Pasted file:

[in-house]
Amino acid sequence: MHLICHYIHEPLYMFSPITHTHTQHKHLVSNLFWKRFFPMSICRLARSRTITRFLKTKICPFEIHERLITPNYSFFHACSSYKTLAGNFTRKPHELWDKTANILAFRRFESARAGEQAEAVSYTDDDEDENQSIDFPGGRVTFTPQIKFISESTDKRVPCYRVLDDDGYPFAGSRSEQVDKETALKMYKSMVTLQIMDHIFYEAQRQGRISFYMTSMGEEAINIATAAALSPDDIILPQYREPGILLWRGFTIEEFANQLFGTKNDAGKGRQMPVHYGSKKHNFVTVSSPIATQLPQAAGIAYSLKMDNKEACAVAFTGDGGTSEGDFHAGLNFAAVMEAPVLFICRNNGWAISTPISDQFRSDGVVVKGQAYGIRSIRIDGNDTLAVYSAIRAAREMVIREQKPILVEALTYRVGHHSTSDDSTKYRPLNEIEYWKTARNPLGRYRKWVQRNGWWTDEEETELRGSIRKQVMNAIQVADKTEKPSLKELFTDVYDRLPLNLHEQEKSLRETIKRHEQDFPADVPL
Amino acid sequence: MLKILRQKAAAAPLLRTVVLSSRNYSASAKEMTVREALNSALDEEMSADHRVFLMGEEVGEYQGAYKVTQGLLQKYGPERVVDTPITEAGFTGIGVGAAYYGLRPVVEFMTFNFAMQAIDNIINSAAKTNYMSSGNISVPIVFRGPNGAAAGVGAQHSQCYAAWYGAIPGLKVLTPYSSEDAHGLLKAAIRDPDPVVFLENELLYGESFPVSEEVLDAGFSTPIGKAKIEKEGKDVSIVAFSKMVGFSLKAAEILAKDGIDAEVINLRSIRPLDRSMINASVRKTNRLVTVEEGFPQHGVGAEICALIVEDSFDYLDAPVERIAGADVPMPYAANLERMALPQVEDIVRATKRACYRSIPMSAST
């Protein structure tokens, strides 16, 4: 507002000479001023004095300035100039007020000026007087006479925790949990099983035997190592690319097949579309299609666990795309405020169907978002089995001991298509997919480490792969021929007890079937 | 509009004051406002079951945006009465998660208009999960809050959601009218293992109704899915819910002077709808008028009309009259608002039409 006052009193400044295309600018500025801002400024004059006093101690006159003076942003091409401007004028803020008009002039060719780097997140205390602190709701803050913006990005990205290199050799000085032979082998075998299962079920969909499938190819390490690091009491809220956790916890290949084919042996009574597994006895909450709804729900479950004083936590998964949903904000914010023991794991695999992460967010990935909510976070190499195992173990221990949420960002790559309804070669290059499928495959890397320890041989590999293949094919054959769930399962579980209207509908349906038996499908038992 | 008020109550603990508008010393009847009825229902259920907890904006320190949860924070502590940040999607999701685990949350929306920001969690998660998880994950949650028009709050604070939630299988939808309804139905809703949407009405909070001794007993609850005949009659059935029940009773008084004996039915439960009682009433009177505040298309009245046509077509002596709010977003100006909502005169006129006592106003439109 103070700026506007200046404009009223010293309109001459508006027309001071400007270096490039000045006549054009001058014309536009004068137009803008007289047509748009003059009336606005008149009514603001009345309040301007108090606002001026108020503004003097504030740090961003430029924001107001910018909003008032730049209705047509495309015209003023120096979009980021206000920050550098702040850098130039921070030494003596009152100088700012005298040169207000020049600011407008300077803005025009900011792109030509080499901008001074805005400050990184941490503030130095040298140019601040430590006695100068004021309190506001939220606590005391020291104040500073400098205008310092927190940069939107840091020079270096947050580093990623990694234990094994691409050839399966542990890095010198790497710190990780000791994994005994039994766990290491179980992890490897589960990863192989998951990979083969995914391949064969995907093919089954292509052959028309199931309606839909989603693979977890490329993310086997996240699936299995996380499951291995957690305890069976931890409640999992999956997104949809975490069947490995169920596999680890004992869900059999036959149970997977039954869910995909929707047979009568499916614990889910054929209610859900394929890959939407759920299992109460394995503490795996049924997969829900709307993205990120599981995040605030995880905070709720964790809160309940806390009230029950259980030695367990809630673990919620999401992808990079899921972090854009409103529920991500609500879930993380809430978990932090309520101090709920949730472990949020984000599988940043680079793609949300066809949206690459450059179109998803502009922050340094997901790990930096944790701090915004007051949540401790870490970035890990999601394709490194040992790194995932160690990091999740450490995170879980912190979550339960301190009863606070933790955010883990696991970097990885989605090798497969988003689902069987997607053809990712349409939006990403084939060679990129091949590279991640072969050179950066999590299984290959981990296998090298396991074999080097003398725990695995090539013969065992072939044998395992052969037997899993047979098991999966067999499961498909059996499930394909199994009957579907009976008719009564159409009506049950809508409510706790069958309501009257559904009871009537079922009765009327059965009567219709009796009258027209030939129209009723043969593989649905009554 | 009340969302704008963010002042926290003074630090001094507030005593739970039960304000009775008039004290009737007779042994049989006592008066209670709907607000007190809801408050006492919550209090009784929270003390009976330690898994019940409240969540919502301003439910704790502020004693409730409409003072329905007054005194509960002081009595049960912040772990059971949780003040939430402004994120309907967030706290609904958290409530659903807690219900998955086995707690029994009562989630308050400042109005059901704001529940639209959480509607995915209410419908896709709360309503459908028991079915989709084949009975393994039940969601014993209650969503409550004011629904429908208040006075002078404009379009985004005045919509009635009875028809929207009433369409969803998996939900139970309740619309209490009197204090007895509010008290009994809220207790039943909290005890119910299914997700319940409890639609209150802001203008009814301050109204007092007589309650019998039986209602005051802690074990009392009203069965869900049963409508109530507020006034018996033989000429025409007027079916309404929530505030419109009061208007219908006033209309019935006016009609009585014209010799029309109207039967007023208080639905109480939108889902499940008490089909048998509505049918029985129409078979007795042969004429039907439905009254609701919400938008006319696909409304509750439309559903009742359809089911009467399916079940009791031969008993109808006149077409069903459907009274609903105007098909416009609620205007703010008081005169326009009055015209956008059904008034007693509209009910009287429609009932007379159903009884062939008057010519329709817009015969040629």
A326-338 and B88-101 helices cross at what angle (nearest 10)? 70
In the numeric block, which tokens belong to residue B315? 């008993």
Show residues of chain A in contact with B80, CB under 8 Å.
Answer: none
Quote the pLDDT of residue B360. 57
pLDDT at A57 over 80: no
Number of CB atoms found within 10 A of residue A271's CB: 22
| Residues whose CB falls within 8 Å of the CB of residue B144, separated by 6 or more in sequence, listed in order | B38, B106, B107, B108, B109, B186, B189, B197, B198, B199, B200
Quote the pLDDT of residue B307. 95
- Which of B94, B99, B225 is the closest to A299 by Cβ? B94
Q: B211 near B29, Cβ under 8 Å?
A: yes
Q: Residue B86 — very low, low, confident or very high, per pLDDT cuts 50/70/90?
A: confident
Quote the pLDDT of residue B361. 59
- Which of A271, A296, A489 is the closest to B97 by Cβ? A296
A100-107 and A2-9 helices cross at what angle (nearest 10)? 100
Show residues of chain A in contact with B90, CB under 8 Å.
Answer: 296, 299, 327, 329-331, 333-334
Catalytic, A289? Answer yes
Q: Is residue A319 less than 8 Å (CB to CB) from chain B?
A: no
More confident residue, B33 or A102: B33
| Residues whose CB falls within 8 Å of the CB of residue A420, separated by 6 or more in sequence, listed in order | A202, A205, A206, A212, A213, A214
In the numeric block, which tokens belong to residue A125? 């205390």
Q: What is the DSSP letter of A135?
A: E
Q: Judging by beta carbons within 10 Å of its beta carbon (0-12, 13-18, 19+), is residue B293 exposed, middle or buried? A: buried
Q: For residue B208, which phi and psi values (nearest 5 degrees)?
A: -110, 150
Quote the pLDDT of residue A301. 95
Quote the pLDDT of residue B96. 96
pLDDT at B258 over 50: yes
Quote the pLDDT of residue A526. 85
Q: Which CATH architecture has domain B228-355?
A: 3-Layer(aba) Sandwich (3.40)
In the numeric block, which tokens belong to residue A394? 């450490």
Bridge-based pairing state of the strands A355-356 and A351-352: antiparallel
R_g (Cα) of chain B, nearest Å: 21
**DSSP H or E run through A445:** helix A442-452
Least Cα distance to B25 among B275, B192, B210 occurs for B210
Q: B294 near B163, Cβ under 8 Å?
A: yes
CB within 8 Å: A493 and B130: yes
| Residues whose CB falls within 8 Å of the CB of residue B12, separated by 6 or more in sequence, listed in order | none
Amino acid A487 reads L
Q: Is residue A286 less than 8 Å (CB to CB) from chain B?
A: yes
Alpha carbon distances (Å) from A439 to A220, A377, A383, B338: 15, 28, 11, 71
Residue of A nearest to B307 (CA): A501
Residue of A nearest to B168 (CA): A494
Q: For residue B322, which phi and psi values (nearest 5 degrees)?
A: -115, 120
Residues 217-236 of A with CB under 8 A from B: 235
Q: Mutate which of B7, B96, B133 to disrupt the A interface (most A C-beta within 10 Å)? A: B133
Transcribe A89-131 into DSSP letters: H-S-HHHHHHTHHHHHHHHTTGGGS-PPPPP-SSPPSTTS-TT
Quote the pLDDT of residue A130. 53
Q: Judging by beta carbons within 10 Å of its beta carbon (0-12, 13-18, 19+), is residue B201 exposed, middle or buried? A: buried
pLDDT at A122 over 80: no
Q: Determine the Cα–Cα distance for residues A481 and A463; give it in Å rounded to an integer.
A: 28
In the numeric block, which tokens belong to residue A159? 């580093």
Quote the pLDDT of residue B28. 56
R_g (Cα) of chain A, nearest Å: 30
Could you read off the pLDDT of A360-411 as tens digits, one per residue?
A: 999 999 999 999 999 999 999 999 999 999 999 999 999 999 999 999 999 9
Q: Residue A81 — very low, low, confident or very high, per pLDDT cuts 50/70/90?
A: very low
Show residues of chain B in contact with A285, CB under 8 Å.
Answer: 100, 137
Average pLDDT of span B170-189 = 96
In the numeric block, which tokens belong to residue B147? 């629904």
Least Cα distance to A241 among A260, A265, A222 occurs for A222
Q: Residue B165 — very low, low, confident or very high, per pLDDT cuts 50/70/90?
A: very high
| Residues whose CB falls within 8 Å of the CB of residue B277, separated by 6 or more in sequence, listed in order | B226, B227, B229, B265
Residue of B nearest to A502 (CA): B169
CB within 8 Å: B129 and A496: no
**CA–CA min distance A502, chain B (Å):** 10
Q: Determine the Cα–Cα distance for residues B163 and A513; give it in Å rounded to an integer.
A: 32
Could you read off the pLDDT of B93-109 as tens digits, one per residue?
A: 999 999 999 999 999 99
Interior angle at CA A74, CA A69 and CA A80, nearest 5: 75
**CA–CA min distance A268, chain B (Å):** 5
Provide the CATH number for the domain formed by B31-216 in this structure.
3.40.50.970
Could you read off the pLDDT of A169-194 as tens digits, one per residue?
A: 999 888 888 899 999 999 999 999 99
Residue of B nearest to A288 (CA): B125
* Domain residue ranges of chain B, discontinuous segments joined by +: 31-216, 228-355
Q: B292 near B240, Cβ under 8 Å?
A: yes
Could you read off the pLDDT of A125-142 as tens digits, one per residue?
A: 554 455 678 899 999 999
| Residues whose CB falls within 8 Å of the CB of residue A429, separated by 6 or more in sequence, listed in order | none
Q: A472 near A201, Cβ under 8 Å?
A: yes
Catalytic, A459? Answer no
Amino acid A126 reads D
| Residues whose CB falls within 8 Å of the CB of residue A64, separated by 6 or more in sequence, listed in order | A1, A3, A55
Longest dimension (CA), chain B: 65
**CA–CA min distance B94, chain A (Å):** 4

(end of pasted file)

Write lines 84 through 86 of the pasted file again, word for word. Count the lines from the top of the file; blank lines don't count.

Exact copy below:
Q: Determine the Cα–Cα distance for residues B163 and A513; give it in Å rounded to an integer.
A: 32
Could you read off the pLDDT of B93-109 as tens digits, one per residue?